Victoria Azarenka upset world number one Serena Williams to claim the BNP Paribas Open title in Indian Wells.
The 2012 champion took advantage of the American’s wayward serve and erratic ground shots to earn a 6-4 6-4 win.
In the men’s final, Serbia’s Novak Djokovic beat Milos Raonic of Canada 6-2 6-0 to secure his 27th Masters title.
Before Sunday’s matches, tournament chief Raymond Moore caused controversy when he claimed the women’s tour “ride on the coat-tails of the men”.
Williams’ slow start
Williams was hoping to be the first female player to win three Indian Wells titles after taking a self-imposed 14-year exile from the event amidst allegations of racial abuse from fans after sister Venus withdrew minutes before their semi-final in 2001.
The emotion of the occasion was obvious in a tearful speech after the match when she told the crowd that their cheers “meant a lot to me”.
She had made a nervous start to the match, dropping an opening service game that included three double faults.
Azarenka showed composure and steely defence under a barrage of fierce hitting from Williams, who committed 33 unforced errors.
The two-time Australian Open champion served out the first set to love as she established control.
Azarenka holds off Williams fightback
Williams’ troubles intensified when she dropped her first service game of the second, then failed to take any of four break points in the next game to trail 2-0.
When she dropped serve again, Williams could not hide her frustration and was given a code violation and then a point penalty after smashing one racket and another when it was still in its wrapper.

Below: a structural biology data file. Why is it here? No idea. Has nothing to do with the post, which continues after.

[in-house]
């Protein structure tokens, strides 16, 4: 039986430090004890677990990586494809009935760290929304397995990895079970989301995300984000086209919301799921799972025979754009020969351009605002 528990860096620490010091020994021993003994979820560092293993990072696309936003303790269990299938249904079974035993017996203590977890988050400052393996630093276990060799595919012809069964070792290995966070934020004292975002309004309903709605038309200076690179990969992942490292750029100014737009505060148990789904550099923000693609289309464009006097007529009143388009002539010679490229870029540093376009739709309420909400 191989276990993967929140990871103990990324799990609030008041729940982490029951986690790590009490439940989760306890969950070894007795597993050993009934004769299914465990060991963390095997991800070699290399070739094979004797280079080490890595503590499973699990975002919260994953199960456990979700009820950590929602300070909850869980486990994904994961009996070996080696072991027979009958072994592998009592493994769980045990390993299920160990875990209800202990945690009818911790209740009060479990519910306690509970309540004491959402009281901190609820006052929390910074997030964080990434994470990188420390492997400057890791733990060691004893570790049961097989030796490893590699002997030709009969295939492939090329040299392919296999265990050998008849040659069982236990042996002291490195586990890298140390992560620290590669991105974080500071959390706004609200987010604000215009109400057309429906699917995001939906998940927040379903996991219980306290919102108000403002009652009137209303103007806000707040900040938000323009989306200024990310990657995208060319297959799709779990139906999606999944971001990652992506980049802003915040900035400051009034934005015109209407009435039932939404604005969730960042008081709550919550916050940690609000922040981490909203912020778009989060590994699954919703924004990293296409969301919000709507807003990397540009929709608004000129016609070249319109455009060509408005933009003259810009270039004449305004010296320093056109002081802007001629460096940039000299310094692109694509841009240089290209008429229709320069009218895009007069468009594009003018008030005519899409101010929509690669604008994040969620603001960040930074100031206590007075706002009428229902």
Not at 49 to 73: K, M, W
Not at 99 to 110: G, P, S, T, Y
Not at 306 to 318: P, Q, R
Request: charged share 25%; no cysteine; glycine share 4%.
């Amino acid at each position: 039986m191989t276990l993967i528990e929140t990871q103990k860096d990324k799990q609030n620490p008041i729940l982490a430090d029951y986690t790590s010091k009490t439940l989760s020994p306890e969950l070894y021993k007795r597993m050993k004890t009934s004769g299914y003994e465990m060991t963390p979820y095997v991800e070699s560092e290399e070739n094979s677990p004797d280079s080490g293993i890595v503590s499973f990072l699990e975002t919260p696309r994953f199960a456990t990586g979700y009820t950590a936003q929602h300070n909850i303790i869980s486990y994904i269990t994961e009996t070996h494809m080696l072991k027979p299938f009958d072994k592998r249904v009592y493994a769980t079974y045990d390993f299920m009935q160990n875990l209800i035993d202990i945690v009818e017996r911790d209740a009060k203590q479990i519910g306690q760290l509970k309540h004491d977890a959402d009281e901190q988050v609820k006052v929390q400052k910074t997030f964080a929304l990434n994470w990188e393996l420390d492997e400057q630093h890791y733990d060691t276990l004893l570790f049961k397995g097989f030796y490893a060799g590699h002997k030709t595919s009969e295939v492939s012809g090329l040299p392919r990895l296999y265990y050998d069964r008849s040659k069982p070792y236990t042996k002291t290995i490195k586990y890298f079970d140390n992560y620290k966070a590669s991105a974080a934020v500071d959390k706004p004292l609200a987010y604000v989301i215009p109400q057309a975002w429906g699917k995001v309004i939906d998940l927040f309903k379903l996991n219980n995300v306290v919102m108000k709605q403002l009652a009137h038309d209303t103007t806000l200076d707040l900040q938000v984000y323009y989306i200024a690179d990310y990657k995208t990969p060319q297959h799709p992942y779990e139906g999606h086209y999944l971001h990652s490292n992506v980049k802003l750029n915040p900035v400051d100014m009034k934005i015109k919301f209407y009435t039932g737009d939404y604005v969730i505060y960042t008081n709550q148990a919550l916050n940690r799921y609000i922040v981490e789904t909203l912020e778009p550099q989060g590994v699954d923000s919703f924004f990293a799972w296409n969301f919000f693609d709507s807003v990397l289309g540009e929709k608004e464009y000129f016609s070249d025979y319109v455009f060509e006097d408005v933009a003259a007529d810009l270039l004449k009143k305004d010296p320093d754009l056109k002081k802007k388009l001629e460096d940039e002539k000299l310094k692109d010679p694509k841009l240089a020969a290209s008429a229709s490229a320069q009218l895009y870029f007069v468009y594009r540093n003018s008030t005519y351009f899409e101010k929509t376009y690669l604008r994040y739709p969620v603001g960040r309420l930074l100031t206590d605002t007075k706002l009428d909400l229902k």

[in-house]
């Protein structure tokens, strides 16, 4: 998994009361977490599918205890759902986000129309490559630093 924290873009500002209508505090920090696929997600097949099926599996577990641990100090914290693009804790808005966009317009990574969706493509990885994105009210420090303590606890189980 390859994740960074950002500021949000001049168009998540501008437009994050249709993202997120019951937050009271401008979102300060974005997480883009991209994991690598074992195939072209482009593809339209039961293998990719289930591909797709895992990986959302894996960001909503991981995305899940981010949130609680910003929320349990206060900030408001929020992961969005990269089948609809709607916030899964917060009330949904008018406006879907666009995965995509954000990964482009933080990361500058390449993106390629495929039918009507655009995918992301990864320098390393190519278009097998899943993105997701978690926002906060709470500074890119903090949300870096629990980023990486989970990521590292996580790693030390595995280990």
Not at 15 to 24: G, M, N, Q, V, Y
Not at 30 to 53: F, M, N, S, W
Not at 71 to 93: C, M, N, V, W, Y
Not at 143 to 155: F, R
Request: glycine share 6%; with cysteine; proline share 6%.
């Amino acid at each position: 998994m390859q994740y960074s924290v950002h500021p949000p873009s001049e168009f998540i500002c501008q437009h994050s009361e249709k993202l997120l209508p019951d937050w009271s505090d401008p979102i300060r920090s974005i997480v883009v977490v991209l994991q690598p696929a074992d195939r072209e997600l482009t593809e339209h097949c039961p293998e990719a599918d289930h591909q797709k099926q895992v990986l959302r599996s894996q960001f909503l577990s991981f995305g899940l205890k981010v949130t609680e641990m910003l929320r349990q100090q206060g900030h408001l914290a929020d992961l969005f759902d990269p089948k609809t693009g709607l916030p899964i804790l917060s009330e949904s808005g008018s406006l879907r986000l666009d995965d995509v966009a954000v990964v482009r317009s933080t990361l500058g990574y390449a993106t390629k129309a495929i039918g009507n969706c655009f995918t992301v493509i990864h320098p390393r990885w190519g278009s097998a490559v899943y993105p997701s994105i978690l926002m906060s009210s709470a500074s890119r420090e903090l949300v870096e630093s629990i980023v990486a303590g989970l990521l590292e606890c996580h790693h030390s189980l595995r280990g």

But Williams is never more dangerous than when she is down and finally converted her first break point at the 10th attempt for 5-3, then held her serve to raise the pressure on Azarenka.
It looked like Williams would level at 5-5 but missed two more break points while Azarenka held her nerve to take her 19th WTA Tour title, which means she will be back in the top 10 of the world rankings on Monday.
It was only the fourth time the 26-year-old Belarusian had beaten 34-year-old Williams in 21 meetings.
‘The WTA ride on coat-tails of the men’
During a Sunday morning news conference before the finals, Indian Wells Tennis Garden CEO Raymond Moore said that the WTA Tour was “very, very lucky” because it “rides on the coat-tails of the men”.
“If I was a lady player, I’d go down every night on my knees and thank God that Roger Federer and Rafa Nadal were born, because they have carried this sport. They really have,” Moore said.
Williams reacted angrily to Moore’s “offensive” statement, which he later apologised for, calling the remarks “mistaken and very, very, very inaccurate”.
She added: “If I could tell you every day how many people say they don’t watch tennis unless they’re watching myself or my sister, I couldn’t even bring up that number.”
Billie Jean King, who co-founded the WTA Tour and won 12 Grand Slam singles titles, tweeted: “Disappointed in Raymond Moore comments. He is wrong on so many levels. Every player, especially the top players, contribute to our success.”
Djokovic continues domination
Tournament director Moore was on safer ground when he joked about renaming the venue “the Novak Djokovic centre court” after the world number one secured his fifth title at Indian Wells.
Djokovic was barely tested by Raonic, 25, who seemed troubled by a lower back injury that affected his serve and forced him to take a seven-minute injury break between sets.
The Canadian made 27 unforced errors in the 14 games, compared to Djokovic’s four, and won just 10% of his second serves during a match that lasted one hour and 17 minutes.
The victory, the 62nd of his career, sees the 28-year-old draw level with Roger Federer on 27 Masters 1000 tournament victories, and he has a chance to go past the Swiss with victory at the Miami Masters, which starts on Wednesday.
“I think it is the best I played all week,” Djokovic said afterwards.
“Milos’ injury allowed me to move him around the baseline, his first serve problems allowed me to step in and dictate the play, and I was on top of his every second serve.”